Chromosomal imbalance in pigs showing a syndromic form of cleft palate.

TitleChromosomal imbalance in pigs showing a syndromic form of cleft palate.
Publication TypeJournal Article
Year of Publication2019
AuthorsGrahofer, A, Letko, A, Häfliger, IMonika, Jagannathan, V, Ducos, A, Richard, O, Peter, V, Nathues, H, Drögemüller, C
JournalBMC Genomics
Volume20
Issue1
Pagination349
Date Published2019 May 08
ISSN1471-2164
Abstract

BACKGROUND: Palatoschisis or cleft palate is a known anomaly in pigs resulting in their death. However, little is known about its aetiology. A detailed description of the phenotype was derived from necropsy and by computed tomography revealing that all 20 cases also exhibited hypodontia and renal cysts. Furthermore, a genetic origin was assumed due to dominant inheritance as all 20 recorded cases were confirmed offspring of a single boar.RESULTS: Single nucleotide variant (SNV) genotyping data were used to map the defect in the porcine genome and led to the detection of a chromosomal imbalance in the affected offspring. Whole genome sequencing of an affected piglet and a normal full sib was used to identify a chromosomal translocation and to fine map the breakpoints in the genome. Finally, we proved that the boar, which sired the malformed piglets, carried a balanced translocation. The detected translocation of Mb-sized segments of chromosome 8 and 14 had not been previously observed during karyotyping. All affected offspring were shown to be carriers of a partial trisomy of chromosome 14 including the FGFR2 gene, which is associated with various dominant inherited craniofacial dysostosis syndromes in man, and partial monosomy of chromosome 8 containing MSX1 known to be associated with tooth agenesis and orofacial clefts in other species.CONCLUSIONS: This study illustrates the usefulness of recently established genomic resources in pigs. In this study, the application of genome-wide genotyping and sequencing methods allowed the identification of the responsible boar and the genetic cause of the observed defect. By implementing systematic surveillance, it is possible to identify genetic defects at an early stage and avoid further distribution of congenital disorders.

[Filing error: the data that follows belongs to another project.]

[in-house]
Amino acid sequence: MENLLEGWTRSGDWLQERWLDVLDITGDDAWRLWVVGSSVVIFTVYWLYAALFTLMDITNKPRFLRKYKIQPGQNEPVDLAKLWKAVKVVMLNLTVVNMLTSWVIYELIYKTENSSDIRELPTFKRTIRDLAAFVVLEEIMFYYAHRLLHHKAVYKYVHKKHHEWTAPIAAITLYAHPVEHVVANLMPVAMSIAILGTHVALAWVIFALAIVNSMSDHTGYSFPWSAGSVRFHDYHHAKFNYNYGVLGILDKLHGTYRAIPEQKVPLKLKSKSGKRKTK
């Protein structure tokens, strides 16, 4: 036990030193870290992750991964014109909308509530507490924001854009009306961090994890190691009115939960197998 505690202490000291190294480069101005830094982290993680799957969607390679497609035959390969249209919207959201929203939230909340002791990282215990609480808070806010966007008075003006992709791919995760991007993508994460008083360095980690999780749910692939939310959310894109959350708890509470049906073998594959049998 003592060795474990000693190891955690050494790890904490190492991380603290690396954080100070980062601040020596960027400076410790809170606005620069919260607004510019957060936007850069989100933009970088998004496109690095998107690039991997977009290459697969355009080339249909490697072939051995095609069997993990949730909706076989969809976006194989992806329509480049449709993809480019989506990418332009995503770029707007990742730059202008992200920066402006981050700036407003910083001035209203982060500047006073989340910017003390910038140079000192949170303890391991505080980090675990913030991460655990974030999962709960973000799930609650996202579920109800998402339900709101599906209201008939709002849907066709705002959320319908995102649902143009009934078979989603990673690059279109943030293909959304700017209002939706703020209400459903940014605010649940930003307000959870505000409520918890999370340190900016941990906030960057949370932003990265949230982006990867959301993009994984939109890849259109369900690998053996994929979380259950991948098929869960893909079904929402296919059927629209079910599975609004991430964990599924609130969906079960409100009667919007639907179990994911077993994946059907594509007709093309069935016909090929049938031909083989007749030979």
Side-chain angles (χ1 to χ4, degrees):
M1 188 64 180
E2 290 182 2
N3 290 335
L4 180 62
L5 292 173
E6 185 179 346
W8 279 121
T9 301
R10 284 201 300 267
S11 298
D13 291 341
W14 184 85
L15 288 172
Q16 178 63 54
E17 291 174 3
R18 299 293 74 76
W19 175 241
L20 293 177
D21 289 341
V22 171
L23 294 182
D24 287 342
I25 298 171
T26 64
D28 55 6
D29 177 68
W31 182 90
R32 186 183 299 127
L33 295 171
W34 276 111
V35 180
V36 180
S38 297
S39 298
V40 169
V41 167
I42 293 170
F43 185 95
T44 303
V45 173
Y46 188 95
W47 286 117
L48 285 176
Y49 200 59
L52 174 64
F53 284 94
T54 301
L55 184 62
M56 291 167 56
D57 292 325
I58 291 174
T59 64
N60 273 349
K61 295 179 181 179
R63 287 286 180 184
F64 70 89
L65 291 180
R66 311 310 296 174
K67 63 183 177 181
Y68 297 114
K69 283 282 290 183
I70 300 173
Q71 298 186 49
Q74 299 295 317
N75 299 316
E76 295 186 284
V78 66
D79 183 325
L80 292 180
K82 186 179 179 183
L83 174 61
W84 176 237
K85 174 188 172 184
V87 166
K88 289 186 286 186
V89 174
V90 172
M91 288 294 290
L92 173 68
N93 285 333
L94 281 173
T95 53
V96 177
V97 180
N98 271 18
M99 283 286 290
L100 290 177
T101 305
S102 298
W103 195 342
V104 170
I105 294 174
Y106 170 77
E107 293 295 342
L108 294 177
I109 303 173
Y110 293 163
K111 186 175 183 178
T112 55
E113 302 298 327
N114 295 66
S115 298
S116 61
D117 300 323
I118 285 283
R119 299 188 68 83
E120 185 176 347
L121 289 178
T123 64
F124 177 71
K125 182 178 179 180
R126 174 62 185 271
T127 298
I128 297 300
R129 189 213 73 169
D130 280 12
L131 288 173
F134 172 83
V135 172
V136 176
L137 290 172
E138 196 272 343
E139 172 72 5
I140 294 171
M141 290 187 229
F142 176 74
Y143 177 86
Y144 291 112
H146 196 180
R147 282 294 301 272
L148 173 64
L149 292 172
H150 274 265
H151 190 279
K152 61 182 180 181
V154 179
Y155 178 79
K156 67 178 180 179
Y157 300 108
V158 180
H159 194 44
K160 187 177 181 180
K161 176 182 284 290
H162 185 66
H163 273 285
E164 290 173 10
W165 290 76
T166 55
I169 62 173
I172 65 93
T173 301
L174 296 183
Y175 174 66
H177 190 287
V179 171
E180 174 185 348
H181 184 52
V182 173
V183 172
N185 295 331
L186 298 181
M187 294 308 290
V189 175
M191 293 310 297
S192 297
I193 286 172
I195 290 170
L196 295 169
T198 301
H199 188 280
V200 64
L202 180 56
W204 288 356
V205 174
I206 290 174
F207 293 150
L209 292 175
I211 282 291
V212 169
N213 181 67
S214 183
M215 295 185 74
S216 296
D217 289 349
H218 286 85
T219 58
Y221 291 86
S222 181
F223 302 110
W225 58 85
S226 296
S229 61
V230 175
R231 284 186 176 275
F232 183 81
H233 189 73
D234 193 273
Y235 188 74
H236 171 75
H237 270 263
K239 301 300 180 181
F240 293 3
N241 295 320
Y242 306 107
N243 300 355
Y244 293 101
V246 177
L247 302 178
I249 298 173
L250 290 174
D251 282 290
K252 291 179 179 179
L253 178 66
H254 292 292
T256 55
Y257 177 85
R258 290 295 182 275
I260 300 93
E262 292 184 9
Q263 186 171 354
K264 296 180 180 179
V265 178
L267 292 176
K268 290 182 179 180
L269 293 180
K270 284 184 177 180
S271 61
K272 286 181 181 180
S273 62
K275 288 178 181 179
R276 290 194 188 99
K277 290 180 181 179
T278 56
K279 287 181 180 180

DOI10.1186/s12864-019-5711-4
Alternate JournalBMC Genomics
PubMed ID31068123
PubMed Central IDPMC6505205